Chapter 5, Section 5.2 : Subversive effects of competition, and the destruction of liberty thereby
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Chapter 5, Section 5.2
The kingdom of heaven suffereth violence, says the Gospel, and the violent take it by force. These words are the allegory of society. In society regulated by labor, dignity, wealth, and glory are objects of competition; they are the reward of the strong, and competition may be defined as the regime of force. The old economists did not at first perceive this contradiction: the moderns have been forced to recognize it.
"To elevate a State from the lowest degree of barbarism to the highest degree of opulence," wrote A. Smith, "but three things are necessary, -- peace, moderate taxes, and a tolerable administration of justice. All the rest is brought about by the natural course of things."
On which the last translator of Smith, M. Blanqui, lets fall this gloomy comment:
We have seen the natural course of things produce disastrous effects, and create anarchy in production, war for markets, and piracy in competition. The division of labor and the perfecting of machinery, which should realize for the great working family of the human race the conquest of a certain amount of leisure to the advantage of its dignity, have produced at many points nothing but degradation and misery. . . . . When A. Smith wrote, liberty had not yet come with its embarrassments and its abuses, and the Glasgow professor foresaw only its blessings. . . Smith would have written like M. de Sismondi, if he had been a witness of the sad condition of Ireland and the manufacturing districts of England in the times in which we live.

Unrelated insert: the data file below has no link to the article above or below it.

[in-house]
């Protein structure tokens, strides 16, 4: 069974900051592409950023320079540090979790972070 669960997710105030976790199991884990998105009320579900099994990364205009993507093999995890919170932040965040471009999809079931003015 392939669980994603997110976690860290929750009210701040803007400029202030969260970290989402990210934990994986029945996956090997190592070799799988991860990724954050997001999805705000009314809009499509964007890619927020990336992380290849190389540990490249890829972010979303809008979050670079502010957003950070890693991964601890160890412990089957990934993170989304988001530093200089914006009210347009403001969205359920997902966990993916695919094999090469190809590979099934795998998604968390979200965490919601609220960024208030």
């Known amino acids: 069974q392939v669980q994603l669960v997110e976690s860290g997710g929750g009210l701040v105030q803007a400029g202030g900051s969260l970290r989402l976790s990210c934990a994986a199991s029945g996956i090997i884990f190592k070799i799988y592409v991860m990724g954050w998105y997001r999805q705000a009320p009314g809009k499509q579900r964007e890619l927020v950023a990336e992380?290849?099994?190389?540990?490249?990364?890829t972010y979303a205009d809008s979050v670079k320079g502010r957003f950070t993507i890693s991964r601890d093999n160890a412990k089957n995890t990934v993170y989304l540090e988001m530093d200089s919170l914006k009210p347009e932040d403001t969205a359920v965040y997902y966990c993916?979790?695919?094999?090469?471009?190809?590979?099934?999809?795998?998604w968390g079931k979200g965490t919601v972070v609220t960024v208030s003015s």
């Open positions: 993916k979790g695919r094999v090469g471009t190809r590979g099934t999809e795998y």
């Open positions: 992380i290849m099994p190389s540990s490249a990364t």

Now then, litterateurs, statesmen, daily publicists, believers and half-believers, all you who have taken upon yourselves the mission of indoctrinating men, do you hear these words which one would take for a translation from Jeremiah? Will you tell us at last to what end you pretend to be conducting civilization? What advice do you offer to society, to the country, in alarm?
But to whom do I speak? Ministers, journalists, sextons, and pedants! Do such people trouble themselves about the problems of social economy? Have they ever heard of competition?
A citizen of Lyons, a soul hardened to mercantile war, traveled in Tuscany. He observes that from five to six hundred thousand straw hats are made annually in that country, the aggregate value of which amounts to four or five millions of francs. This industry is almost the sole support of the people of the little State. "How is it," he says to himself, "that so easily conducted a branch of agriculture and manufactures has not been transported into Provence and Languedoc, where the climate is the same as in Tuscany?" But, thereupon observes an economist, if the industry of the peasants of Tuscany is taken from them, how will they contrive to live?